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too! All of us have traveled by the regular means of transportation. But check out these awesomely weird ways to travel in South East Asia! From 'Jugaad' in India to Jeepneys in Philippines to 'Bamboo Trains' in Cambodia, these unique means of transportation in South East Asia really make you travel adventurously! Powered by humans, animals and engines alike, how many of these have you tried?
Literally meaning 'Hacking your way around with a lack of resources', the Jugaad is quintessential India and a testimony to rural Indian innovation. With a lack of availability of a lot of resources, farmers and small business owners have come up with a way to take spare parts from other vehicles and hack together a workable engine on 4 wheels. That's just about it what it is - An engine strapped to a steering wheel connected to four wheels! Really! Useful as it cheap to make and can carry a bunch of people in one go and reach speeds of up to 50kph! But ride at your own risk as there is nothing but air between the open engine and the driver! You'll find many of these whether you're in the cities or hitching a ride to trek in the Himalayas.
Also, no two Jugaads are the same! Designs and parts vary from one piece to another!
Rickshaw (Cyclo, Becak, Padyak) is known by many names in different countries in South East Asia. But all are similar in their use and as a means of transportation. Light, three-wheeled and meant to carry both passengers as well as light goods. They are efficient to move around in busy streets and quite fun to ride around the first few times after which you'll probably get tired of all the dust in you face. As they are human powered, it is you riding on people's backs and thus a lot of countries have banned these for humanitarian concerns. These three-wheeled vehicles can carry 2-4 people at a time but are usually the slowest on the road.
Motodop (Motorela or Habal Habal as it's known in the Philippines) stands for Motorcycle Taxi. They sort of came into the transportation scene in Cambodia, Philippines and India when motorcycle owners realised people ask for lifts over small distances falling on the way of the drivers. Sometimes also called 'pilots', it offered a way for drivers to make some quick money. Habal Habal is notorious for carrying up to 10 passengers on one bike! How? you ask? Ride out to find out!
A cart pulled by two bulls, the Bullock Cart can be seen across most rural roads in SE Asia. It's very useful as you do not really need proper roads for this, it can travel on mud, gravel as well as tarred roads. Carrying upto 10 people in one go, the strength of the bulls is what determines the speed of the cart. Bull power anyone?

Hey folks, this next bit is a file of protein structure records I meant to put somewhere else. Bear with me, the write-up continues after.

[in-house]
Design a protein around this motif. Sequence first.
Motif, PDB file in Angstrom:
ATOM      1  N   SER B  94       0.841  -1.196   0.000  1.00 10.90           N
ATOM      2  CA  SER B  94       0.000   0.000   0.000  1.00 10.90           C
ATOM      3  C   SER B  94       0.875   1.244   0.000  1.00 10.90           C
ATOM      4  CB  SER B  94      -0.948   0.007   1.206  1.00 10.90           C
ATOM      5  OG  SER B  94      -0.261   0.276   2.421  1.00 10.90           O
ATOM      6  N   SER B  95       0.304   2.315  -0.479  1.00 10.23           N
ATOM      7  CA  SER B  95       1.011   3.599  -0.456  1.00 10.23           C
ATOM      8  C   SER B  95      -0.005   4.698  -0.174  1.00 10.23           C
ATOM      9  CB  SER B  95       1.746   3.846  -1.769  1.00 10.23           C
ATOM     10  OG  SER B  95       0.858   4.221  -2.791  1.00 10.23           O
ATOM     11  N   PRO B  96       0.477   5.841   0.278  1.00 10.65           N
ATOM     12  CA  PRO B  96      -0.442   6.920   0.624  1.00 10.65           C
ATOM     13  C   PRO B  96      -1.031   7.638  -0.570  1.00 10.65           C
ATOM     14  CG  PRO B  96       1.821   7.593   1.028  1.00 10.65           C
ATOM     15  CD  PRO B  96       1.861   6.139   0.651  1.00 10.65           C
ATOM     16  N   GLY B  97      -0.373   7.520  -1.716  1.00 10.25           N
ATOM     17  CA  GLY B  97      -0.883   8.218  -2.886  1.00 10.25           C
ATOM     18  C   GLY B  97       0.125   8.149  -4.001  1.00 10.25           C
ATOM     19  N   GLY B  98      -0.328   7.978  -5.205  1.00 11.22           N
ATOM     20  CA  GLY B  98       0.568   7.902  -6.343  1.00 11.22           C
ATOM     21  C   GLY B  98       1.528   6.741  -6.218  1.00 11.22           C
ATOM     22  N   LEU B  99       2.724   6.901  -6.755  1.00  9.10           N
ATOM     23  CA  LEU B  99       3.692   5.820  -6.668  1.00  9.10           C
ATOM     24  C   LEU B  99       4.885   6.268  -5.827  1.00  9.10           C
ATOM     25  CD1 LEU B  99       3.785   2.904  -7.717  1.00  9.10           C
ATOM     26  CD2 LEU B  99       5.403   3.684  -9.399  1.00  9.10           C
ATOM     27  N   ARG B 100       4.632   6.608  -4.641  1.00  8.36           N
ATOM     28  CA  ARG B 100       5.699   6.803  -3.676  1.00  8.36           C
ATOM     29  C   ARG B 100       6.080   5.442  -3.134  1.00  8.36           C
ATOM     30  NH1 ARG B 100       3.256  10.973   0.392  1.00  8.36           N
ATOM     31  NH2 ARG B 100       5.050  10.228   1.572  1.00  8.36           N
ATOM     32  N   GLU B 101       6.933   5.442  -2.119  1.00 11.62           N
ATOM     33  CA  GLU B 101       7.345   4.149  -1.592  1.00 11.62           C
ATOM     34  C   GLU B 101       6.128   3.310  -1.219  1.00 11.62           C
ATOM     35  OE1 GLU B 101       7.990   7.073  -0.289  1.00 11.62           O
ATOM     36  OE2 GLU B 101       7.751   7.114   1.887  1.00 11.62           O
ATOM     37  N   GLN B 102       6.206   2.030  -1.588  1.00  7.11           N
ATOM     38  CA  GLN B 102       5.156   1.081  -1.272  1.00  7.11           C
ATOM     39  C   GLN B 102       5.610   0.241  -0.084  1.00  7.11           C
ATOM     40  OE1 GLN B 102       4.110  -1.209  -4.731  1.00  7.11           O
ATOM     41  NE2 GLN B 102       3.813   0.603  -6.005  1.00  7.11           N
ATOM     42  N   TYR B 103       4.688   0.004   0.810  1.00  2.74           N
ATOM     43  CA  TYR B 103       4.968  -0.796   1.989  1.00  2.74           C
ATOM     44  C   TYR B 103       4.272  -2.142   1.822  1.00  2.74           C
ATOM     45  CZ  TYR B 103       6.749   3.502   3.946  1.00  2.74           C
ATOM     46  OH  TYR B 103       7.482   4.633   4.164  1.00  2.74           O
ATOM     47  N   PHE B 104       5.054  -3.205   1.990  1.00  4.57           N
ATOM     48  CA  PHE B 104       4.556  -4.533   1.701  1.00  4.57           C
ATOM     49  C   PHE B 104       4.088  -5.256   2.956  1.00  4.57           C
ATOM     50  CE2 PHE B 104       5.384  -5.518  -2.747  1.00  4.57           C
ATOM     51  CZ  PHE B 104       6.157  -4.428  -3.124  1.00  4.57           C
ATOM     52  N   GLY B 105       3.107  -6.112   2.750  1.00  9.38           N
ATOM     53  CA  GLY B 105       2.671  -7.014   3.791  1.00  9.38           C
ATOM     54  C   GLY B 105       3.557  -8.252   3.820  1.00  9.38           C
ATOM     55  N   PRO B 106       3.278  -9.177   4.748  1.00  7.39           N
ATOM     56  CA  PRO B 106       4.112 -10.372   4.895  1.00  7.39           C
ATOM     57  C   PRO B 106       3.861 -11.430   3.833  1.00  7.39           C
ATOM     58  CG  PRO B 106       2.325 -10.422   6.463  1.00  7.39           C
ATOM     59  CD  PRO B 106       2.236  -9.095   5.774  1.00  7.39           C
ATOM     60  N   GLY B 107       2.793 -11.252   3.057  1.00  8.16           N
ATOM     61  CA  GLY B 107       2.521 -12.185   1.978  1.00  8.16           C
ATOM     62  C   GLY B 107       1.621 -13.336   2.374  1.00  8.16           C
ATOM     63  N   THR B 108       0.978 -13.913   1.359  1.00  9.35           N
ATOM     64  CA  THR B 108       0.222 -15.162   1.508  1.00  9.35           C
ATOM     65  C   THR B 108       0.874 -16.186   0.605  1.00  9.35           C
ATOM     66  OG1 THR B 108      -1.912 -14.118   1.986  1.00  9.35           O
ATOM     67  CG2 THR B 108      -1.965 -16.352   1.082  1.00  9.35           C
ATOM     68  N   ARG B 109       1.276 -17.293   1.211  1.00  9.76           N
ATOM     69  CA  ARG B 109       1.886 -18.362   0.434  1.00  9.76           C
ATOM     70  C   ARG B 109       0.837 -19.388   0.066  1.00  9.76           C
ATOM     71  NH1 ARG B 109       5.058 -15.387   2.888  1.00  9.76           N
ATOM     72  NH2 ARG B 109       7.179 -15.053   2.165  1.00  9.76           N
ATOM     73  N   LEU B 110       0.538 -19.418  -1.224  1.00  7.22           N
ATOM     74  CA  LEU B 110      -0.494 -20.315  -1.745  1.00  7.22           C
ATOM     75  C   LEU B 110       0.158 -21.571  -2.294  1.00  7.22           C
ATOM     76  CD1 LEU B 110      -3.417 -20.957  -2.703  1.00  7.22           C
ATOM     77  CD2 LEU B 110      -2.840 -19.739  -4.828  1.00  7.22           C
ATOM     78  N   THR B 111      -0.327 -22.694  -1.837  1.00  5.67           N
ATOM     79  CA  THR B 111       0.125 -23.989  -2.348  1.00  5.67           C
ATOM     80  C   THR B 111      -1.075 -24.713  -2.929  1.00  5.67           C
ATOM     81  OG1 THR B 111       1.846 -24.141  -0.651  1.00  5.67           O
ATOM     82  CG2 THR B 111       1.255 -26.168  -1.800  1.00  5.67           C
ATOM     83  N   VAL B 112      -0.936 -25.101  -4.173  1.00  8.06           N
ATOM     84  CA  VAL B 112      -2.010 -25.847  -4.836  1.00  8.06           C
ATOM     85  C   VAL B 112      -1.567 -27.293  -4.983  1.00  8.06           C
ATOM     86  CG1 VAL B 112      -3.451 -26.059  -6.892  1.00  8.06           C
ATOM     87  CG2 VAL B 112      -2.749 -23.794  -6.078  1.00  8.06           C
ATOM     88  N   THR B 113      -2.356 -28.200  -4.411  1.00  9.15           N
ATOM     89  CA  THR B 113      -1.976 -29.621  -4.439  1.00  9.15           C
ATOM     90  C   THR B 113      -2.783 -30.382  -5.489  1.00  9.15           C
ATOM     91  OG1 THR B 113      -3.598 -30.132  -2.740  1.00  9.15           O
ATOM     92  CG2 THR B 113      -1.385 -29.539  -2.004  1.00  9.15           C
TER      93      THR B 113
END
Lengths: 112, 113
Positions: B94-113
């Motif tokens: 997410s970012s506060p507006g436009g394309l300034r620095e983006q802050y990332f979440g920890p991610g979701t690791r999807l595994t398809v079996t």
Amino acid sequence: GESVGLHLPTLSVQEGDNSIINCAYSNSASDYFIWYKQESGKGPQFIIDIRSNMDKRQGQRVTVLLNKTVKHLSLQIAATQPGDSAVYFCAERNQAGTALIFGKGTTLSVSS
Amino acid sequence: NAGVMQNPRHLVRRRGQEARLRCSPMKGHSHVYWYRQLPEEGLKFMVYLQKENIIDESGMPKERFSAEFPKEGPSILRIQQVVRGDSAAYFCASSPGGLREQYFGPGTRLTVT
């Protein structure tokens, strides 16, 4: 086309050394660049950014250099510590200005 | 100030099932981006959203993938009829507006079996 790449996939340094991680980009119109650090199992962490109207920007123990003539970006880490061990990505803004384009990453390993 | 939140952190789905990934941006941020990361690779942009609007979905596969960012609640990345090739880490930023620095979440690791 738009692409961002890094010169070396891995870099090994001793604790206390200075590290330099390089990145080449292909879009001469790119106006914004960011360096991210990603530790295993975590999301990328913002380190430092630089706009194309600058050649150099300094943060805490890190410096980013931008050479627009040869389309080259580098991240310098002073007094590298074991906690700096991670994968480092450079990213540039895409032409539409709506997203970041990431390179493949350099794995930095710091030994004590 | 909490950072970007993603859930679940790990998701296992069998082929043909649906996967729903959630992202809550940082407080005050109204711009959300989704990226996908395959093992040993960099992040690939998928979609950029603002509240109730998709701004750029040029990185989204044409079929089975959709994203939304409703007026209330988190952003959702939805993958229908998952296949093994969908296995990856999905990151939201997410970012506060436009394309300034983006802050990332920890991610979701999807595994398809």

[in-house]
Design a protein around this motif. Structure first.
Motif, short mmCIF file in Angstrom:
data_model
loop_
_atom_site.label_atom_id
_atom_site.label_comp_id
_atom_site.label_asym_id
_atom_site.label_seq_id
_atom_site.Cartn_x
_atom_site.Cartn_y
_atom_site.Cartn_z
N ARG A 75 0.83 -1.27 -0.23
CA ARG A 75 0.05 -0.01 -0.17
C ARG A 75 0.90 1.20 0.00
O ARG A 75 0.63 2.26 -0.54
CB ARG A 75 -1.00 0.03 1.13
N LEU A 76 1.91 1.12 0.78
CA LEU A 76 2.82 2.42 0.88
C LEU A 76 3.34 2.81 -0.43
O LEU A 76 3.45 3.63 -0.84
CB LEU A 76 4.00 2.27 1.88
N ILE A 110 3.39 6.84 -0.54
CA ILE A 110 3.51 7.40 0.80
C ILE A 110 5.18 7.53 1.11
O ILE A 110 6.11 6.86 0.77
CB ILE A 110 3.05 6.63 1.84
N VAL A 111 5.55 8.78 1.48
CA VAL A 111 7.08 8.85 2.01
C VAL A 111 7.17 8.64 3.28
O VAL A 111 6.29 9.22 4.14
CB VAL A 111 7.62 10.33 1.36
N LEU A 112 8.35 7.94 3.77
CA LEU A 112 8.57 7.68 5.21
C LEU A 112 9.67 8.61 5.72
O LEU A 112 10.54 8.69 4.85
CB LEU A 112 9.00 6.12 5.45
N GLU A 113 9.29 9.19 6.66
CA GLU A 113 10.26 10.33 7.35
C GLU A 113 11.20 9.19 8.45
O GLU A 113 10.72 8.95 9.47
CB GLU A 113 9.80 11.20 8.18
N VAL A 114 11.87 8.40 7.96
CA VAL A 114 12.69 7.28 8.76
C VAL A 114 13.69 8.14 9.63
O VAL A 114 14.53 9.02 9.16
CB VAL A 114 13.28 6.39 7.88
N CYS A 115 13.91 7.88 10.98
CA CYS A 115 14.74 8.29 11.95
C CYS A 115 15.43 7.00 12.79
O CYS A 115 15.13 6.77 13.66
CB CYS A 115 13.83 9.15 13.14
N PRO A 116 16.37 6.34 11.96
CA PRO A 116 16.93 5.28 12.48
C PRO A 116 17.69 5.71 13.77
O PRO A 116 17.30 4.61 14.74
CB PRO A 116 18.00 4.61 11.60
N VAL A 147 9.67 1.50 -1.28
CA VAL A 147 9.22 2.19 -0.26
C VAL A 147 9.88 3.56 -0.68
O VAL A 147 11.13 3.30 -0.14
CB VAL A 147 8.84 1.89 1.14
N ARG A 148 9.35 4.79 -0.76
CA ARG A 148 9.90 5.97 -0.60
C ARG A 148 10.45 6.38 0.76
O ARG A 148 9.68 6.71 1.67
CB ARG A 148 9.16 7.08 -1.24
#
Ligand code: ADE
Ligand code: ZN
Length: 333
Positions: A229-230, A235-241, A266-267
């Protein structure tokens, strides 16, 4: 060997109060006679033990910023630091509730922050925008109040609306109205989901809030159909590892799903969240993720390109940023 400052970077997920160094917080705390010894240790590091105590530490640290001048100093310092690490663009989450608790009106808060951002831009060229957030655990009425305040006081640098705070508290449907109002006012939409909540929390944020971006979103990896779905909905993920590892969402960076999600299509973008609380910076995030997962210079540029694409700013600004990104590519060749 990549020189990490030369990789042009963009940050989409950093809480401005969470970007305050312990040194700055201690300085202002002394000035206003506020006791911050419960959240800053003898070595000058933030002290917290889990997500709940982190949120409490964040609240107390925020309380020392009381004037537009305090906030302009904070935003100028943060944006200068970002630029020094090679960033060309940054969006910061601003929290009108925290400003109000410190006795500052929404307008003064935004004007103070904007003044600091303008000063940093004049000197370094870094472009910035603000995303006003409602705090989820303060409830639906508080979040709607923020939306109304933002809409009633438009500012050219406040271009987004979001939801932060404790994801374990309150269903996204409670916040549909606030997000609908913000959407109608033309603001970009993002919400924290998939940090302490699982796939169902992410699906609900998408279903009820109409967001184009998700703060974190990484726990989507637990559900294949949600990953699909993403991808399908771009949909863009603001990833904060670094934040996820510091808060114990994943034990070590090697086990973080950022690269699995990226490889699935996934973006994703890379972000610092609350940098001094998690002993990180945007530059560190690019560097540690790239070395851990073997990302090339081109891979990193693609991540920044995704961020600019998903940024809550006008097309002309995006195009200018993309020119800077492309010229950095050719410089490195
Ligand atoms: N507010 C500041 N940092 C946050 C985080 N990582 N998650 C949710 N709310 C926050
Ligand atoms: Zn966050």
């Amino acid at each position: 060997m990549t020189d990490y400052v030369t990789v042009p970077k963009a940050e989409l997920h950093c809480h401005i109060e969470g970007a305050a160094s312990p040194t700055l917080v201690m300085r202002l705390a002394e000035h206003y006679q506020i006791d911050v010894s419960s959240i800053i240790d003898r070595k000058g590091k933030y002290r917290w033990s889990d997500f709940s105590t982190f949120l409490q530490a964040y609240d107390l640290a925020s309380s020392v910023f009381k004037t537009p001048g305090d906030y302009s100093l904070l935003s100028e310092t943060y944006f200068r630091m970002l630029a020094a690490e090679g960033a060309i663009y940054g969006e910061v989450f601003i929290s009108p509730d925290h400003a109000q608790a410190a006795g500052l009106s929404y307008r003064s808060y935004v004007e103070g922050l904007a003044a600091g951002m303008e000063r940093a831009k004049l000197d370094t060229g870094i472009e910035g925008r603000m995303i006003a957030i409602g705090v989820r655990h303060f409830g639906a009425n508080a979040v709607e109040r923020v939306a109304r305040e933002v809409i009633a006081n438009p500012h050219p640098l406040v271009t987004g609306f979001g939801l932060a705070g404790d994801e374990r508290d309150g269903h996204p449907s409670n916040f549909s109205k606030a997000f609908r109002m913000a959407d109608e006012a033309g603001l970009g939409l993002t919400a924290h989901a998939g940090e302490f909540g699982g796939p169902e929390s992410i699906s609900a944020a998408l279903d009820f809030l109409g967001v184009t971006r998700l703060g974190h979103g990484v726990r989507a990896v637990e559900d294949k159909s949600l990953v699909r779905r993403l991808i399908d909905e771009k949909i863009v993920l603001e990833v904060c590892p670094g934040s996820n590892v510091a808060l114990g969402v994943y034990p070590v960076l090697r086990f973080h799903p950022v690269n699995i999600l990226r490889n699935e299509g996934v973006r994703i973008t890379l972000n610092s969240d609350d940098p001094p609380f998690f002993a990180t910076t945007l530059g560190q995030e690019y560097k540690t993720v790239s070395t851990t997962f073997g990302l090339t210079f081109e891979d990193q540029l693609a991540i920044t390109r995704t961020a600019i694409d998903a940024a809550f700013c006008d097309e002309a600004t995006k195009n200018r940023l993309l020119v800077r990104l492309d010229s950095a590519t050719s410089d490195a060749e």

Also known as 'Nori' locally, the Bamboo Train is made of long wooden frames covered with ultra light bamboo placed on reused military tank wheels. Popular both for tourists and locals in Battambang and Poipet, these feel like traveling on magic carpets! Interesting to note that they travel both ways on 1 track and if two Noris meet, the lighter one is unloaded and carried around the heavier one to move on. With a top speed of around 40 kph these flat-bedded vehicles will carry anything that fits - people, animals, motorcycles and farm products!
Popular in the Philippines, Jeepneys originated from American Jeeps left behind after the war. You can easily spot them on the roads as they are vibrantly decorated with colourful designs and paint. These 'buses' can carry 16-25 people but beware, they usually only start once all seats are occupied! And no surprise, you can hail them from anywhere and they'll stop wherever you wish them to.
A motorised version of the traditional human-powered rickshaws, the Tuk-Tuks in Thailand or Auto Rickshaws as they're known in India, are the go-to means of transportation in the cities. There are both small and big varieties of these and some have fare-meters while some work purely on your bargaining skills. Usually meant to carry up to 3 people they can easily wind their around crowded streets. Do make sure your driver does not mistake the roads for NFS gaming, for then this ride without belts or doors can really become adventurous! It is interesting to note that in India, these are now at your beck and call with apps. You can order one to pick you up at your doorstep and track and pay online!
Songthaews can be found in Thailand and Laos. Literally meaning 'Two Benches' as two rows of seats are fixed along either side of the back of the trucks. They act as pick-up trucks or shared taxis alike and carry up to 10 people. In rural Laos, they are made pretty similarly to the Indian Jugaad with two planks fixed atop an open engine and steering. These are the cheapest means to travel by far in Laos but beware of the 'wooden butt' syndrome when traveling long distances in a Songthaew, if you know what we mean. Header picture by Staffan Scherz
What's the most weirdly awesome way you've traveled? Comment below! Also, check out some of the amazing things to do in South East Asia: